The Federal Trade Commission today issued the National Do Not Call Registry Data Book for Fiscal Year 2020. The FTC’s National Do Not Call (DNC) Registry lets consumers choose not to receive most legal telemarketing calls. The data show that the number of active registrations on the DNC Registry increased by two million over the past year, while the total number of consumer complaints decreased for the third year in a row.
Now in its twelfth year of publication, the Data Book contains information about the DNC Registry for FY 2020 (from October 1, 2019 to September 30, 2020). The Data Book provides the most recent fiscal year information available on robocall complaints, the types of calls consumers reported to the FTC, and a complete state-by-state analysis.
FY 2020 Registration and Complaint Data
According to the Data Book, at the end of FY 2020, the DNC Registry contained 241.5 million actively registered phone numbers, up from 239.5 million at the end of FY 2019. The number of consumer complaints about unwanted telemarketing calls decreased, from 5.4 million in FY 2019 to nearly four million in FY 2020. Of those complaints, 71 percent were about robocalls, roughly the same percentage as last year, and 24 percent were about live telemarketing. In six percent of reports, the call type was not reported.
During the past fiscal year, the FTC continued to receive many consumer complaints about telemarketing robocalls, but the total number of complaints decreased significantly. In FY 2020, the Commission received 2.8 million complaints about robocalls, down from 3.79 million in FY 2019. For every month in the fiscal year, robocalls—defined under FTC regulations as calls delivering a prerecorded message—made up the majority of consumer complaints about DNC violations, with the most, 332,000, coming in September of this year.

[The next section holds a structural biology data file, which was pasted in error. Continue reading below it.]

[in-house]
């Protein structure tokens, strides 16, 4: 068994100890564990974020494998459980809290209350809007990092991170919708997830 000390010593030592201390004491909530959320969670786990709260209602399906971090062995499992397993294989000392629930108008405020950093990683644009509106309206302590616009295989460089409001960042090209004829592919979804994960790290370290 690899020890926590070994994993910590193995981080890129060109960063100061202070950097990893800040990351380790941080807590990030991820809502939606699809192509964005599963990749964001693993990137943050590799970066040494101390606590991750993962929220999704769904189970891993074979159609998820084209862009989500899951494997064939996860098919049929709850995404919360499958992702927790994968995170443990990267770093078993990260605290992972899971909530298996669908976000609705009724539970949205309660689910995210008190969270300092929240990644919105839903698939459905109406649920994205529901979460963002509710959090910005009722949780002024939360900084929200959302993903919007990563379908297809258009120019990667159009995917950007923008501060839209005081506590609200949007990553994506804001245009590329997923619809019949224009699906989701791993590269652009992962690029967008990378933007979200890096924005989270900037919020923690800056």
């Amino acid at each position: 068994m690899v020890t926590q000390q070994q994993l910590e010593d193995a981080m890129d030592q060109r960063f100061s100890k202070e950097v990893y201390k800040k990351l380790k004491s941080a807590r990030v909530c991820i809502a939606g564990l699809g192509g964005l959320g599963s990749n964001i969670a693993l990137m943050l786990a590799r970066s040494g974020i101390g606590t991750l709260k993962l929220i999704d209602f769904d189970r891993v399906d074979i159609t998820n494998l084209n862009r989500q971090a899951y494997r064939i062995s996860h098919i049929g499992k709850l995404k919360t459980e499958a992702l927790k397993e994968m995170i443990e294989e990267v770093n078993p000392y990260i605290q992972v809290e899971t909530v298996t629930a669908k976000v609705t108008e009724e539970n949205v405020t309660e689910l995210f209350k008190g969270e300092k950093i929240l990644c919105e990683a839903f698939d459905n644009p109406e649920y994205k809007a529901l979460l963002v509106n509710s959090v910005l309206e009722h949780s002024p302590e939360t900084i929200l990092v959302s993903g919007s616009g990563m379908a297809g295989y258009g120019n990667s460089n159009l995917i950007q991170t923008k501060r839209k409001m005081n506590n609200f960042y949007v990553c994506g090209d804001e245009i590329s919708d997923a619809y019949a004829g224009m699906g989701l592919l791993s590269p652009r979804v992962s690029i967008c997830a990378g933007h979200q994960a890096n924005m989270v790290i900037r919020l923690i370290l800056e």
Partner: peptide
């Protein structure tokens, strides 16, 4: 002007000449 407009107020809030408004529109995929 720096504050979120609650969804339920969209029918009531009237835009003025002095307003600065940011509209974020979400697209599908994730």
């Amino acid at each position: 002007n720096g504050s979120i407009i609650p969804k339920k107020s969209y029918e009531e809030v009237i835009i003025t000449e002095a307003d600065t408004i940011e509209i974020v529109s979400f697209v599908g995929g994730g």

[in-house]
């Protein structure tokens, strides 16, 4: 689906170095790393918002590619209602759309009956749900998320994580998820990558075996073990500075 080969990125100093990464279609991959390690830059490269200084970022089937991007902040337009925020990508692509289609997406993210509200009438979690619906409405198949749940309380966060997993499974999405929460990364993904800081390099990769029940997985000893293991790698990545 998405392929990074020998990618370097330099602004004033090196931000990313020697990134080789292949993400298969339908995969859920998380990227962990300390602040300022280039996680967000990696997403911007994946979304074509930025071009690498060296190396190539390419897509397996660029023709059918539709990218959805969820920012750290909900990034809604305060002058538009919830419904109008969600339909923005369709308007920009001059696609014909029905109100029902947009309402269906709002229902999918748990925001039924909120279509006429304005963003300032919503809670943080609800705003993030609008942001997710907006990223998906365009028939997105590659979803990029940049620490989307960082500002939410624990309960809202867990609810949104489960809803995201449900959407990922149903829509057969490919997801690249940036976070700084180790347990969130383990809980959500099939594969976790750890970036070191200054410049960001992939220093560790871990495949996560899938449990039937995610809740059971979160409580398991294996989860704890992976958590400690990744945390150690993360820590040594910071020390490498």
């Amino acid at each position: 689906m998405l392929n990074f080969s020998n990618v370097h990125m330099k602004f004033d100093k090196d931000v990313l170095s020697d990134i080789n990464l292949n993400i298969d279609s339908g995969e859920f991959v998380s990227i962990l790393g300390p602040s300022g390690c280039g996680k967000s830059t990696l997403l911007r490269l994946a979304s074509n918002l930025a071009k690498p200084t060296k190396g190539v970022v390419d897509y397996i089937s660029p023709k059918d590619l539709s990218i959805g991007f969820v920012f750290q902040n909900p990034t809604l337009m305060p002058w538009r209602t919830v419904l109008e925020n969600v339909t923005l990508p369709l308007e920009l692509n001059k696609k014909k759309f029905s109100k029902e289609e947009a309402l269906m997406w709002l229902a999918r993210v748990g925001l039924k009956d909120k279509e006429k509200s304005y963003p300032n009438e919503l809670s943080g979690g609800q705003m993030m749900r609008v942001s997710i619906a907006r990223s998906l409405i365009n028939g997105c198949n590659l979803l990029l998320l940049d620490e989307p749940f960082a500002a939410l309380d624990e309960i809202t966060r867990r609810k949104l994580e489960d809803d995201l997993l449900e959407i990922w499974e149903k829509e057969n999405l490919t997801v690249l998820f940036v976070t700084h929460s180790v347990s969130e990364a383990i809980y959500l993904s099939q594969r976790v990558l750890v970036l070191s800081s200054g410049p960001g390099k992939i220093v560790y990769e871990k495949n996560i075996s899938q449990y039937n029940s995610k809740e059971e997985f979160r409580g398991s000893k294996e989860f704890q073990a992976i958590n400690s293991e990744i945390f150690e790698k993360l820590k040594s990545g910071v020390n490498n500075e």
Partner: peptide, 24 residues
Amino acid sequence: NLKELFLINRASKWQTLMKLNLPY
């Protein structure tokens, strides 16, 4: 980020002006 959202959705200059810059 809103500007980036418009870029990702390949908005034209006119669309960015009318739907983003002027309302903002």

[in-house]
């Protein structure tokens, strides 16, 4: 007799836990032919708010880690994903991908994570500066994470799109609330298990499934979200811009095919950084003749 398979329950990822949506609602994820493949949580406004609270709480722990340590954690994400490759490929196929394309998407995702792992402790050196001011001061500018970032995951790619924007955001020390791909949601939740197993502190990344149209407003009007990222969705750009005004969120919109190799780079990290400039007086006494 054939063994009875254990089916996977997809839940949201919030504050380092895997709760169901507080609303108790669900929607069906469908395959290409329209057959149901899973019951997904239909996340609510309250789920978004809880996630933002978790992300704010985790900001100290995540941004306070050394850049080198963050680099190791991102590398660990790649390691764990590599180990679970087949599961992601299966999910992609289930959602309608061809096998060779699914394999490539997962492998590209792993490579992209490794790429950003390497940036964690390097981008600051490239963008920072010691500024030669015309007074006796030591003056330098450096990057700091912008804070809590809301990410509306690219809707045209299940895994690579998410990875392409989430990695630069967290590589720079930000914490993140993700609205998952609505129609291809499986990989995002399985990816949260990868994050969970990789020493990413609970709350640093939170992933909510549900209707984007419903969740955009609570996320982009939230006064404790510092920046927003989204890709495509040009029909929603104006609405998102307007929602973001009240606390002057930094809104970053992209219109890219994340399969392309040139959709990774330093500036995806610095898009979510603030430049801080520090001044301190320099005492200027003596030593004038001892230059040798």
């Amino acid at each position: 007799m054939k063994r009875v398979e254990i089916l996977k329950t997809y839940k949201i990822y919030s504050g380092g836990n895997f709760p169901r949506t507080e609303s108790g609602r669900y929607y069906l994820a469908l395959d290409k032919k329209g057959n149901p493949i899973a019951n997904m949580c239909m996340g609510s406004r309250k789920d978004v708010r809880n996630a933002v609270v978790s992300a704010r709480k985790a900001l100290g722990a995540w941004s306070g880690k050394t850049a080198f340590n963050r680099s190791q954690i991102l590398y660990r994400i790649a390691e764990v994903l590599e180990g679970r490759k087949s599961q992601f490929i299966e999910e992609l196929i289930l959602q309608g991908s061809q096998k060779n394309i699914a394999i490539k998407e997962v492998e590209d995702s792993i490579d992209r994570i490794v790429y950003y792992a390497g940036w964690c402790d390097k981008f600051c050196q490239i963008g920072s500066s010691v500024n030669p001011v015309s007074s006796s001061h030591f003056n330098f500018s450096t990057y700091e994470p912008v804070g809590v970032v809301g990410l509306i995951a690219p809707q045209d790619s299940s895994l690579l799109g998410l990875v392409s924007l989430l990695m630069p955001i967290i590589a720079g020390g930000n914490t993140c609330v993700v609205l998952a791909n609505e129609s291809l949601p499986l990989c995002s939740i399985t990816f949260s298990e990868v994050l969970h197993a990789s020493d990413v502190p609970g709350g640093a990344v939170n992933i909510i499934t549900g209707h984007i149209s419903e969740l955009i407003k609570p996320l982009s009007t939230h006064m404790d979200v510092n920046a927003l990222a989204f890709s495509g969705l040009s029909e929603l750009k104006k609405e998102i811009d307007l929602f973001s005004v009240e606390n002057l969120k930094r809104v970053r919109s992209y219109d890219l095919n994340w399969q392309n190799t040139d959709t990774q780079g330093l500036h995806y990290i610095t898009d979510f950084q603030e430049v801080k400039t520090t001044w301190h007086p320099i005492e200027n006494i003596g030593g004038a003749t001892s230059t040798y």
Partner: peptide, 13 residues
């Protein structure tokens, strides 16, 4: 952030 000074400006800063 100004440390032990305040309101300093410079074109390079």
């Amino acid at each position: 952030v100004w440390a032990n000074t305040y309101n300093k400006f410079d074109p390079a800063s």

FY 2020 Data Highlights
Again this year, imposters were the topic of the robocalls consumers reported the most, with more than 423,000 complaints received. However, this represents a decrease from FY 2019, when the FTC received approximately 493,000 such complaints. This decrease is representative of the decreasing number of consumer complaints overall in FY 2020, compared to the previous year. Warranties and protection plans comprised the second-most commonly reported topic, with consumers filing more than 237,000 robocall complaints.
Calls about supposed debt-reduction made up the third-most commonly reported topic, followed by complaints about medical and prescription issues, and computers and technical support.
Registration and Complaint Data by State
With respect to state data, New Hampshire continues to top the nation in active DNC registrations per capita (93,791). The states reporting the most complaints per 100,000 population changed in FY 2020: the top five states were Arizona (1,770 per 100k population), Virginia (1,668 per 100k population), Maryland (1,644 per 100k population), Delaware (1,608 per 100k population), and Colorado (1,504 per 100k population).
Finally, to make the information in the FY 2020 Data Book more accessible for the public, updated and interactive DNC data dashboard visualizations are available at ftc.gov/exploredata.
To make the Data Book as user-friendly as possible, it includes the following features:
The number of DNC complaints about robocalls versus live callers.
- Information about the topics of calls reported to the FTC
- A state-by-state analysis of DNC complaints.
- The underlying data in the report is publicly available on the National Do Not Call Registry Data Book for Fiscal Year 2020 page.
Information for Consumers
Information for consumers about the DNC Registry, company-specific DNC requests, and telemarketer caller ID requirements can be found on the FTC’s website, and consumers can sign up for the DNC Registry for free. Other information about robocalls and what consumers can do about them is also available. To report unwanted telemarketing calls, consumers can file a complaint at www.donotcall.gov or call 1-888-382-1222.
The Federal Trade Commission works to promote competition and protect and educate consumers. Learn more about consumer topics at consumer.ftc.gov, or report fraud, scams, and bad business practices at ReportFraud.ftc.gov. Follow the FTC on social media, read consumer alerts and the business blog, and sign up to get the latest FTC news and alerts.